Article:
“Keep your day job, Mrs. Swartz.”
This is what a principal said to me after I hit him with a basketball. Not on purpose, of course. But the temptation to amuse myself had been too great. On a trip to the office during my planning period, I had encountered a student in an otherwise empty hall.
Michael was a quiet kid who sat in the back of my second-period. There was never a moment’s trouble from him, but there weren’t moments of active engagement, either.
A gym helper, he was carrying a newly pumped-up basketball. On impulse, I held out my hands. Michael’s eyes widened, but he bounced the ball toward me. All the way down the long, empty hall we swapped bounce passes. Finally, he couldn’t help it. And a smile broke through.
At the corner where we would part ways, me to the office, him to the gym, my pass went awry. At that very moment, the principal came into view and the ball smacked into him. His face turned instantly stern and his mouth opened. Then he saw I was the culprit. But as Michael stood agape, a smile broke through on the principal’s face.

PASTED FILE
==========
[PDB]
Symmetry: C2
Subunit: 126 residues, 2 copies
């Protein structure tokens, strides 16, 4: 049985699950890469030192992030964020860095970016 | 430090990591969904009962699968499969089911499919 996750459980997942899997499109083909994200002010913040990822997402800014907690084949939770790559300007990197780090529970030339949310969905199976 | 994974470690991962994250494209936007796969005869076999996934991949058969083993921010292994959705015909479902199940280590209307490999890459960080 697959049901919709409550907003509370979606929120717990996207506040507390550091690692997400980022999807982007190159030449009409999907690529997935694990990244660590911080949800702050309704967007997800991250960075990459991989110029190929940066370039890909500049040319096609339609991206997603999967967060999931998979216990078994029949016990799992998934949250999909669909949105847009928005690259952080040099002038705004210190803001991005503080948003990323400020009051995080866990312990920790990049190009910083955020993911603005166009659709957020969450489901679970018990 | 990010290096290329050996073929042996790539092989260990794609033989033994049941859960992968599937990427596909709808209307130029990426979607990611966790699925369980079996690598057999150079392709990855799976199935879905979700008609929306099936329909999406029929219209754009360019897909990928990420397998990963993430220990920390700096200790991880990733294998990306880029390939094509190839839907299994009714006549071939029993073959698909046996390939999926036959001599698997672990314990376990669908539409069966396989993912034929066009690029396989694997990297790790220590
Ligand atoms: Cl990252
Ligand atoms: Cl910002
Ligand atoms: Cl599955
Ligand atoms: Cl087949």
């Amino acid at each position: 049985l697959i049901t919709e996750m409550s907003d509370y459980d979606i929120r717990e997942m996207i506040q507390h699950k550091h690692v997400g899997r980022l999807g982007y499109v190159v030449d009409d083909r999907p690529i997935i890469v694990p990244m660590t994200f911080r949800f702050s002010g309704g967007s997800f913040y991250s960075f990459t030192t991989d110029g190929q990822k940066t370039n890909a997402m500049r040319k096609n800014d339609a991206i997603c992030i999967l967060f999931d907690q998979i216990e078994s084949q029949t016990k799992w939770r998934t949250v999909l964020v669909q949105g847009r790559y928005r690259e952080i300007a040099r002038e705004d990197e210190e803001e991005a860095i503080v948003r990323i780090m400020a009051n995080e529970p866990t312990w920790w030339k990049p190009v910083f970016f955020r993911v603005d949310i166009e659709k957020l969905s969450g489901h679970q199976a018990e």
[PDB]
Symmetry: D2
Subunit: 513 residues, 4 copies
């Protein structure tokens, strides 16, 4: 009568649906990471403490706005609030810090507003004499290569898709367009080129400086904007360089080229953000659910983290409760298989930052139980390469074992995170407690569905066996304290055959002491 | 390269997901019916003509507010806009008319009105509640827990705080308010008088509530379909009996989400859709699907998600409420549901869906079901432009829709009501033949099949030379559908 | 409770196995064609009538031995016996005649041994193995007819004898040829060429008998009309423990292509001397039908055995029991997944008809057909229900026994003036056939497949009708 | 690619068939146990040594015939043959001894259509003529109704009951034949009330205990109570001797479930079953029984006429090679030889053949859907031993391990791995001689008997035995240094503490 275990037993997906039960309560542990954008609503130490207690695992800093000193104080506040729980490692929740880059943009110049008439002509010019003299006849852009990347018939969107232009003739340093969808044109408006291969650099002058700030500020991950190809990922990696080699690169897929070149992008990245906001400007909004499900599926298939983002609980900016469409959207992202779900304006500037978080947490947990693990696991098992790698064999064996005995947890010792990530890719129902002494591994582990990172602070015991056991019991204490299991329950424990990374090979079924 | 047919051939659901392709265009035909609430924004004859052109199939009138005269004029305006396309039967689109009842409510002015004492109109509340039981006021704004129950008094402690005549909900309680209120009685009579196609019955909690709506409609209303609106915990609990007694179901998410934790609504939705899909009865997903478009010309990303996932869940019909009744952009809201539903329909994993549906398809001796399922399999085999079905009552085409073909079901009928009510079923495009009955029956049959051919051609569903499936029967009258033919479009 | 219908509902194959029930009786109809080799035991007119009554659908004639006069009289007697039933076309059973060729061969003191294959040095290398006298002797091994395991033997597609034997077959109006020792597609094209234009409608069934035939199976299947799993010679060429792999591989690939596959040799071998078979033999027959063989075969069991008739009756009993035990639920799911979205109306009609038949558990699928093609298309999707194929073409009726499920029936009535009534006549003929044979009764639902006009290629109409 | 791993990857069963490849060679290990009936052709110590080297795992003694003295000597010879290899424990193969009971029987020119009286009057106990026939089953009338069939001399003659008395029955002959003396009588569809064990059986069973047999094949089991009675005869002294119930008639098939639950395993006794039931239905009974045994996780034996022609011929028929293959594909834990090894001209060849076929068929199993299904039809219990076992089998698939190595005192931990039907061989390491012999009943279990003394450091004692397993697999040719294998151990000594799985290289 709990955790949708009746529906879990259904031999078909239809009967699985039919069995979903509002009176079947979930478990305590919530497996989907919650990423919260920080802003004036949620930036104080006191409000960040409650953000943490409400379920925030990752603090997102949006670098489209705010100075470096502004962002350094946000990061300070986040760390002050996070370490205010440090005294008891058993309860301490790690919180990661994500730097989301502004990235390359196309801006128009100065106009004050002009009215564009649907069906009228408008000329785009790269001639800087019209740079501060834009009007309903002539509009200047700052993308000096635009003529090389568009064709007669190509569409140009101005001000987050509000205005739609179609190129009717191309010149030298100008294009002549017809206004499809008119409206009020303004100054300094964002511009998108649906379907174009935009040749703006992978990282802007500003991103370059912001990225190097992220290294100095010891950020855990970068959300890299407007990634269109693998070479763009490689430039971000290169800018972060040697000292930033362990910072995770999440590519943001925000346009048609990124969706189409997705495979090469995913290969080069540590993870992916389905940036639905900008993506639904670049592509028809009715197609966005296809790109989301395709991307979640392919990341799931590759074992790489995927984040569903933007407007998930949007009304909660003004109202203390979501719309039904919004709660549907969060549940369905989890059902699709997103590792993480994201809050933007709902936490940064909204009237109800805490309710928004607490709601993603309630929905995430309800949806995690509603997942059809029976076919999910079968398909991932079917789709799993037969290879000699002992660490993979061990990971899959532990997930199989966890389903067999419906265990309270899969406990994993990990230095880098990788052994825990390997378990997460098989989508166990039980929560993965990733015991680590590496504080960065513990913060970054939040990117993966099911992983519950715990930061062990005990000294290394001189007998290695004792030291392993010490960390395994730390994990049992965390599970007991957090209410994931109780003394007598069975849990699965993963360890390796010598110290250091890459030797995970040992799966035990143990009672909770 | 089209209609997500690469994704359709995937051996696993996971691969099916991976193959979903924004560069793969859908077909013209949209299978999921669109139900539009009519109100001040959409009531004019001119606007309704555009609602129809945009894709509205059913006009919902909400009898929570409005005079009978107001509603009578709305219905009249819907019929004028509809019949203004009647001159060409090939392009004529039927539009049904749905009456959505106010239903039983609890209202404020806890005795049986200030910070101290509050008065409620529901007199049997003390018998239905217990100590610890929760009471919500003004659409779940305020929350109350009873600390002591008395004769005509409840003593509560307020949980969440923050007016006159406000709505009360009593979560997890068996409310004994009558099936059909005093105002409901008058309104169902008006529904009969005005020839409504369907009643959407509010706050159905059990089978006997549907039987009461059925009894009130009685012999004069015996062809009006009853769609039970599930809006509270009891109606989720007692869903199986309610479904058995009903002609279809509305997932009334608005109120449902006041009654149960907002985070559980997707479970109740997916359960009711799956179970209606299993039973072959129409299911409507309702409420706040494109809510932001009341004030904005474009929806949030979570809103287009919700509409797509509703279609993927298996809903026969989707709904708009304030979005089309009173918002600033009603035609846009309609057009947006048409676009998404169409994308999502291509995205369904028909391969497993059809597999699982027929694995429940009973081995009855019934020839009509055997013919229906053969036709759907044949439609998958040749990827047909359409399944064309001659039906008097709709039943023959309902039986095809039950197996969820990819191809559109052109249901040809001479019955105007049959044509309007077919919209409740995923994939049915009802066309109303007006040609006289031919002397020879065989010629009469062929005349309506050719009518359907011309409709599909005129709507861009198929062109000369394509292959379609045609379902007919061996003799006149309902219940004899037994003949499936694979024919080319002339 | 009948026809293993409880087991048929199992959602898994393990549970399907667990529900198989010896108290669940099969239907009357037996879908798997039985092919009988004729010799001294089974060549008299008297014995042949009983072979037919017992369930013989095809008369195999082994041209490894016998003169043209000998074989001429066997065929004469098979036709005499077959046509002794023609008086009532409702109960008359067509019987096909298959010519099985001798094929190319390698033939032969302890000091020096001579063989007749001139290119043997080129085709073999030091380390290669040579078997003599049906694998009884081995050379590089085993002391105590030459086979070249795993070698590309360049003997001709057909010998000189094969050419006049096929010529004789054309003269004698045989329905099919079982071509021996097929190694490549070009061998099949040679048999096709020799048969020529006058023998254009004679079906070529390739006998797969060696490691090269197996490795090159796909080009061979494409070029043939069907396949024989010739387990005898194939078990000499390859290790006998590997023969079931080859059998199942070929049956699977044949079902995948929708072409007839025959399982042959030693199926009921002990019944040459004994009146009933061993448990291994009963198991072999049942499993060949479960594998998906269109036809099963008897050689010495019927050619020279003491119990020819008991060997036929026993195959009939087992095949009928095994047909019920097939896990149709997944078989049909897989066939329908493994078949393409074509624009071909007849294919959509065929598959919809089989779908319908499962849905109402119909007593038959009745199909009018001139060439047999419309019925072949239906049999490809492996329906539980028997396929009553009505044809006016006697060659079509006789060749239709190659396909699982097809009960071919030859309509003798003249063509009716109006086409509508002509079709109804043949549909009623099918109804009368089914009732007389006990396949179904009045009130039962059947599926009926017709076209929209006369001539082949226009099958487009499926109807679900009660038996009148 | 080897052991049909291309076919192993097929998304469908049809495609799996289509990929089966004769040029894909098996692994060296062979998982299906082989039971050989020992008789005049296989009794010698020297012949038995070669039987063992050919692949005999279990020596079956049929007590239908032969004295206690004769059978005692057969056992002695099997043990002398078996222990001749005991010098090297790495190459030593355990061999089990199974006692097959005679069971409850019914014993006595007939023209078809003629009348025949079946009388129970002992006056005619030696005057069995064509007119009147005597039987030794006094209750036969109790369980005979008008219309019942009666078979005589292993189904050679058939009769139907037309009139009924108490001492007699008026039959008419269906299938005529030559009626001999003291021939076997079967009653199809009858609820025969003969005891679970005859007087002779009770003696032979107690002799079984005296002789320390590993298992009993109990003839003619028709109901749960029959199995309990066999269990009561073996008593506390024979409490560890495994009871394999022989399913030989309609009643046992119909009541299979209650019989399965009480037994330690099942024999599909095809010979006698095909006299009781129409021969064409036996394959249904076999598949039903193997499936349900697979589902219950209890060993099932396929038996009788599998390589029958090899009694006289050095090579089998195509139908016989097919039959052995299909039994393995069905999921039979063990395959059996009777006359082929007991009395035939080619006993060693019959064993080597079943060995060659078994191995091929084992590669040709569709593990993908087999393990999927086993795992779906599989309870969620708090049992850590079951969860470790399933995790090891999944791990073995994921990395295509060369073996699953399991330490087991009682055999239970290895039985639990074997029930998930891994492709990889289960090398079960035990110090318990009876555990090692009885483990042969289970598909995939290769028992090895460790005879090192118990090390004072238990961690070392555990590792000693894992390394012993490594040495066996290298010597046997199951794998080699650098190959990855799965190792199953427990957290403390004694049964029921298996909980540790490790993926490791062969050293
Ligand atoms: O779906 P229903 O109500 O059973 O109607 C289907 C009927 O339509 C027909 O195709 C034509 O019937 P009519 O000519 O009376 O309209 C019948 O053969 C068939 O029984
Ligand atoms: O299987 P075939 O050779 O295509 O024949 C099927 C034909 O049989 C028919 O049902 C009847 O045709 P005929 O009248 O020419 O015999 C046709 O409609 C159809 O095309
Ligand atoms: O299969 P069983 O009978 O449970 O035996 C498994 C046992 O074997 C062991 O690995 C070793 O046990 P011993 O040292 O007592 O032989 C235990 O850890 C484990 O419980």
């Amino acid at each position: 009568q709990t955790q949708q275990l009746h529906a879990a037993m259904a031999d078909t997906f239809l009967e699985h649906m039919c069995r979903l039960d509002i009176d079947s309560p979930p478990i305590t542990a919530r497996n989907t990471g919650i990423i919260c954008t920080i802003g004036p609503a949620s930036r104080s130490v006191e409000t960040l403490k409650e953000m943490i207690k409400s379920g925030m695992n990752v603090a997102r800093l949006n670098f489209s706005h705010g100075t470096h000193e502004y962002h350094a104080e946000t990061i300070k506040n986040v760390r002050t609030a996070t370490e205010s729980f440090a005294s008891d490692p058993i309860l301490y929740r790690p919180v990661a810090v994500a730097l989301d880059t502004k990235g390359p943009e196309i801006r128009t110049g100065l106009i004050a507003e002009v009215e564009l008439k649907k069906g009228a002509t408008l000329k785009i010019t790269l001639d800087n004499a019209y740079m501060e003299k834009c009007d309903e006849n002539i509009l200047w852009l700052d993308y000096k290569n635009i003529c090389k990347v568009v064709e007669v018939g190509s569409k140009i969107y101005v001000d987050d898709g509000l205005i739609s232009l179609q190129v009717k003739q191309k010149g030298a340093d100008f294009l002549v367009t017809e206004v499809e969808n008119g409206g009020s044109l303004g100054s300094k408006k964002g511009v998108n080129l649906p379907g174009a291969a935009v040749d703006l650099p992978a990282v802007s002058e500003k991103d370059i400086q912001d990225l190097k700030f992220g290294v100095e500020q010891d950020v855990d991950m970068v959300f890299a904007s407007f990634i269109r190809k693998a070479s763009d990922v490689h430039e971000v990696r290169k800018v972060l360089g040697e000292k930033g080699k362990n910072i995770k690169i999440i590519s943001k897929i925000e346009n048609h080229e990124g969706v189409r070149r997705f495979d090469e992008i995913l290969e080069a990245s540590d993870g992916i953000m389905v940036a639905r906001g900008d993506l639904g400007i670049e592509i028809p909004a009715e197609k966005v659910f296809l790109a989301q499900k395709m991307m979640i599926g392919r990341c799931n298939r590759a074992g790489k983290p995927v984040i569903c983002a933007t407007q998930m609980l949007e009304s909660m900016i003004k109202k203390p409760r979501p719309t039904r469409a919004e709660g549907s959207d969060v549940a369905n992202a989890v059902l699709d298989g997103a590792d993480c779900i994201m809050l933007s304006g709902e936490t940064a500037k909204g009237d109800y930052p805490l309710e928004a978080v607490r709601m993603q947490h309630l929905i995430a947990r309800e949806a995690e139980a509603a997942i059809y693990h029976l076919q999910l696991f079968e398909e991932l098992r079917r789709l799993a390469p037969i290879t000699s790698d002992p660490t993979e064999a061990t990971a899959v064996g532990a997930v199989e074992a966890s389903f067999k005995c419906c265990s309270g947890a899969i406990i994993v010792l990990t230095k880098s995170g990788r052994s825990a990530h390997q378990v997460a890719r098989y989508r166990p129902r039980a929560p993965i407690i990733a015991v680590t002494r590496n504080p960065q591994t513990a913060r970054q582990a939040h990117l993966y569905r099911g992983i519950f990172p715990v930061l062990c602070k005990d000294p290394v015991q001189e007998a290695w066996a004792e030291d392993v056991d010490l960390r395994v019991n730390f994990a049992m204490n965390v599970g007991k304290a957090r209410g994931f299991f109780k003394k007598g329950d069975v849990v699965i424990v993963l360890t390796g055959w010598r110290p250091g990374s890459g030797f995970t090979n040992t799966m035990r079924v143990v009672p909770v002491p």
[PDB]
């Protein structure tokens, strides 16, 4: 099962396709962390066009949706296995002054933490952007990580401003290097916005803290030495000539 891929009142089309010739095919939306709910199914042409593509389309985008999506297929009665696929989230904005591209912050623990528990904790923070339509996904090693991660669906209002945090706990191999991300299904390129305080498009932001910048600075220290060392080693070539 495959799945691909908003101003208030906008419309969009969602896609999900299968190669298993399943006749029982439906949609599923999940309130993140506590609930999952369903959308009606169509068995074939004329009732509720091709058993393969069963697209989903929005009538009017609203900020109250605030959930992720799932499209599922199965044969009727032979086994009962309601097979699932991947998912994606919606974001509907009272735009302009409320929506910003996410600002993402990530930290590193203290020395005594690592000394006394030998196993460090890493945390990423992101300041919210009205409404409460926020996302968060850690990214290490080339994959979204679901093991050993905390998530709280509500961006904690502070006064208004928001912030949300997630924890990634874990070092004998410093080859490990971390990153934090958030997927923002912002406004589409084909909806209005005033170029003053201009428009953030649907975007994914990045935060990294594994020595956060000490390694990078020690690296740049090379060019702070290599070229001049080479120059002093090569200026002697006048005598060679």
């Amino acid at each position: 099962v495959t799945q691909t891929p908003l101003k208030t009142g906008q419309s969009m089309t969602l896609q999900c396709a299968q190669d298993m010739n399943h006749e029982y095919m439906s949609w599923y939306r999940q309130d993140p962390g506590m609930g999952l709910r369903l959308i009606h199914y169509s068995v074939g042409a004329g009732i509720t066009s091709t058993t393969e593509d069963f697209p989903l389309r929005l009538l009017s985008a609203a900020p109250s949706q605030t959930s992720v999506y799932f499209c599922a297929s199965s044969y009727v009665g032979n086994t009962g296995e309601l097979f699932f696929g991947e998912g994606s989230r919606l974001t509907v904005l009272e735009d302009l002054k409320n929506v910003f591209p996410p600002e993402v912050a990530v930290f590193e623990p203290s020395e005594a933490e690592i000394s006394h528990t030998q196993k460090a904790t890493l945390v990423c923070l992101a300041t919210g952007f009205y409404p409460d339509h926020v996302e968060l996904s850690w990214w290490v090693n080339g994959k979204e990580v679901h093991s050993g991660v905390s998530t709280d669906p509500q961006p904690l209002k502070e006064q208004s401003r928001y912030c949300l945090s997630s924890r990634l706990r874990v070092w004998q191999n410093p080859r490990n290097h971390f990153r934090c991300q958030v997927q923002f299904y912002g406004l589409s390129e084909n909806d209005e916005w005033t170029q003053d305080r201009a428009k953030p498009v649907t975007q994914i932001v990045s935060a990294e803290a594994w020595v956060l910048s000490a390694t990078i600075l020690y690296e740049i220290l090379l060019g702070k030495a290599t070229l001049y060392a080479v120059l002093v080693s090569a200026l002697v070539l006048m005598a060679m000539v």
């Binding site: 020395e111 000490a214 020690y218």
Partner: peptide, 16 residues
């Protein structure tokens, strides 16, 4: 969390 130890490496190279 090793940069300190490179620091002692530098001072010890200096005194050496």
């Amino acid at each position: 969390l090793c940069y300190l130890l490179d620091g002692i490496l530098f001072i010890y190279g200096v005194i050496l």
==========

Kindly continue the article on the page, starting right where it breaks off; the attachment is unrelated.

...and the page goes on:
And that’s when the principal advised me not to switch to a basketball career.
Michael changed after that. He didn’t frantically wave his hand to answer every question I asked. But he looked up. He looked at me. He seemed to recognize that I was a person, even though I was a teacher. He even gave a nod now and then.
Got it, he was saying, I’m with you.
Michael taught me a lesson that that day—that sometimes teachers can reach students by breaking the shell of convention, by doing something off beat, a little quirky, something teachers don’t usually do.
I had often watched funny teachers and wish for their humor. But passing the basketball with Michael, showed that, if I couldn’t be funny, I could at least reach toward whimsy. And that students learned better when I did.